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KEITH VINCENT SMITH: The exhibition ‘Eora: Mapping Aboriginal Sydney 1770 – 1850’ is being held in the Mitchell Galleries at the State Library of NSW. This exhibition is to tell the story of the Eora, the people who lived in the Sydney area on the coast and in Port Jackson – that’s now called Sydney Harbour. In the same geographical space that now 4 million people inhabit, about 1,500 people lived in clans of perhaps 10 to 60.

MELISSA JACKSON: The reactions of the local Indigenous community to the exhibition was (sic) overwhelming. They felt that at last their story is being told, the story of the people who were here before the colonists arrived.

KEITH VINCENT SMITH: What united the Eora was their language, common language, their saltwater economy, their canoe culture and their way of life, and that, close kinship ties, marrying people from the adjoining clans. They had the best harbour in the world. These people could make a canoe in a day, for example, and this was probably the proudest possession of the Eora – would be their canoe. They would cut them from stringy-bark usually along the Parramatta River. And women were in the canoes daily fishing with handlines. They had a fire amidships on which they cooked mussels and other shellfish. They spat them into the water as a berley to attract fish. They made their own lures out of the turbine shell. Men were out along the rocks and in the shallow water with their ‘mudings’ – that’s the four-pronged fishing spear – and they would catch a different set of fish. So you had that access to 500 varieties of fish which happened in Sydney Harbour. So it would take an hour and a half for people to get the food they wanted in a day. The usual practice was to get the fish, take them ashore, cook them and eat them, and then they went to sleep. Every journal I’ve seen says, “Then they went to sleep after the meal.” So that might have happened three times a day, but what happened in the rest of the day was a rich cultural life. They told stories to the children, they educated the children. All around Sydney there are a thousand sites still where there are engravings in the sandstone rock, outlines of fish, whales, eels, sharks.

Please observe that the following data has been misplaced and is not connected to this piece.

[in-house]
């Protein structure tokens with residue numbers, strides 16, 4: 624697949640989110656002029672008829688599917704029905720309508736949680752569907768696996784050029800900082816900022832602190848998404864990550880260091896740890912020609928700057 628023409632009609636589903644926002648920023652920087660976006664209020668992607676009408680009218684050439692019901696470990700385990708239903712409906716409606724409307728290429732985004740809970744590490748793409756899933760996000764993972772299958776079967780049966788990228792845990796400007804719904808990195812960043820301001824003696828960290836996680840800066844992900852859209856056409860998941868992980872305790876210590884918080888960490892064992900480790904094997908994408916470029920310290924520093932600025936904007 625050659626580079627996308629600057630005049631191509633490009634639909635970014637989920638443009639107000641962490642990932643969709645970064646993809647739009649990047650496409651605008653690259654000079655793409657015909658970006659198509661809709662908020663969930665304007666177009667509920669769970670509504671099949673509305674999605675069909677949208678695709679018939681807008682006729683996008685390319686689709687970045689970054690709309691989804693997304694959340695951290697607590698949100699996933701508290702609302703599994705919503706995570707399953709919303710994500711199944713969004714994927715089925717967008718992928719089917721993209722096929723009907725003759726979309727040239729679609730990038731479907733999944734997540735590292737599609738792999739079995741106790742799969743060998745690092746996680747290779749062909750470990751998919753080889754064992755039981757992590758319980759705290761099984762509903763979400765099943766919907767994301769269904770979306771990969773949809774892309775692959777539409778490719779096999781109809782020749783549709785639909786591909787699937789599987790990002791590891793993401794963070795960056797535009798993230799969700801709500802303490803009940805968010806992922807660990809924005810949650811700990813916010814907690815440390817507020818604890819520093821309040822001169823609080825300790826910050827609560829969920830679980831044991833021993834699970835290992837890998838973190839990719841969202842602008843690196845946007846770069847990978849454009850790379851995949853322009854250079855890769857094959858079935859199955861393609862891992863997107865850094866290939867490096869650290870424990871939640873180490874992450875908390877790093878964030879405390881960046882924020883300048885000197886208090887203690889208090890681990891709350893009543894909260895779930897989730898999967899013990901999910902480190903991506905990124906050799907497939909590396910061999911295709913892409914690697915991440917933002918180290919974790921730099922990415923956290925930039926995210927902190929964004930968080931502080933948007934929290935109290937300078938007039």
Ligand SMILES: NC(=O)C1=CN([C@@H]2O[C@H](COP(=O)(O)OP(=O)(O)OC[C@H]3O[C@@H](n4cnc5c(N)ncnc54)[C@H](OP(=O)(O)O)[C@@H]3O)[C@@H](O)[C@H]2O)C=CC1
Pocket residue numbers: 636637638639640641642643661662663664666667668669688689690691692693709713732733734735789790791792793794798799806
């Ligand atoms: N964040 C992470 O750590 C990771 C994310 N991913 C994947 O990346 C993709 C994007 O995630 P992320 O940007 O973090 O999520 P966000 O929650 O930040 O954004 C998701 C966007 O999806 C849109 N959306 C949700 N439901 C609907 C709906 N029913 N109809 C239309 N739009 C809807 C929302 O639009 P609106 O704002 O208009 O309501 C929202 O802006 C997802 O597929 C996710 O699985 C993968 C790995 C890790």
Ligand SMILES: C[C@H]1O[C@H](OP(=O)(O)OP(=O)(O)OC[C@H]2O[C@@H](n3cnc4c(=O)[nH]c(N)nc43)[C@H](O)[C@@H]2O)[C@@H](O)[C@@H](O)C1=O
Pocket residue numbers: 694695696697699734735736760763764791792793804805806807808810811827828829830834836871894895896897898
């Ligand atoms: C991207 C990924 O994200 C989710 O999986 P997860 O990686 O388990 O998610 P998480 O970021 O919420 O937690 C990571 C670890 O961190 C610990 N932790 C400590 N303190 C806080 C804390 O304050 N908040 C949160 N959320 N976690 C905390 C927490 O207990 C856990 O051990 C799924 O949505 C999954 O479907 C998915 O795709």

Bungaree was a flamboyant character. He wore a cocked hat and naval uniforms but at the same time was barefoot and was often seen in the streets of Sydney. In the course of researching that, I discovered there’s (sic) 17 portraits of Bungaree, while at the same time contemporaries like Governor Lachlan Macquarie, there’s (sic) three portraits of them. That’s just how much a figure he cut in colonial Sydney.

MELISSA JACKSON: One of the greatest characters of the colonial era was a man by the name of Pemulwuy. And people look up to Pemulwuy as a resistance leader. It’s quite ironic that there are no statues of Pemulwuy anywhere in the Sydney region but he was definitely seen by the Indigenous people as a leader. Ricketty Dick also amazed me because he saw that within the colony they were charging a toll to go on roads. So he decided that he would set his own tollbooth up and charge the people to go onto his land. And when he passed away, the people of Sydney minted some coins in his honour.

KEITH VINCENT SMITH: By and large in the Sydney area, life was peaceful, but what happened to cause trouble were (sic) convicts stealing artefacts. That caused enmity and by about the end of 1788, about 15 people had been killed. The most surprising thing I learnt in this exhibition was that Aboriginal people never relinquished their canoes on the harbour. So the white people settled everywhere but the waterways were still the highway of Aboriginal people.

MELISSA JACKSON: What this exhibition does is shows (sic) that the Indigenous community of Sydney was vibrant and it was part of the making of this city.
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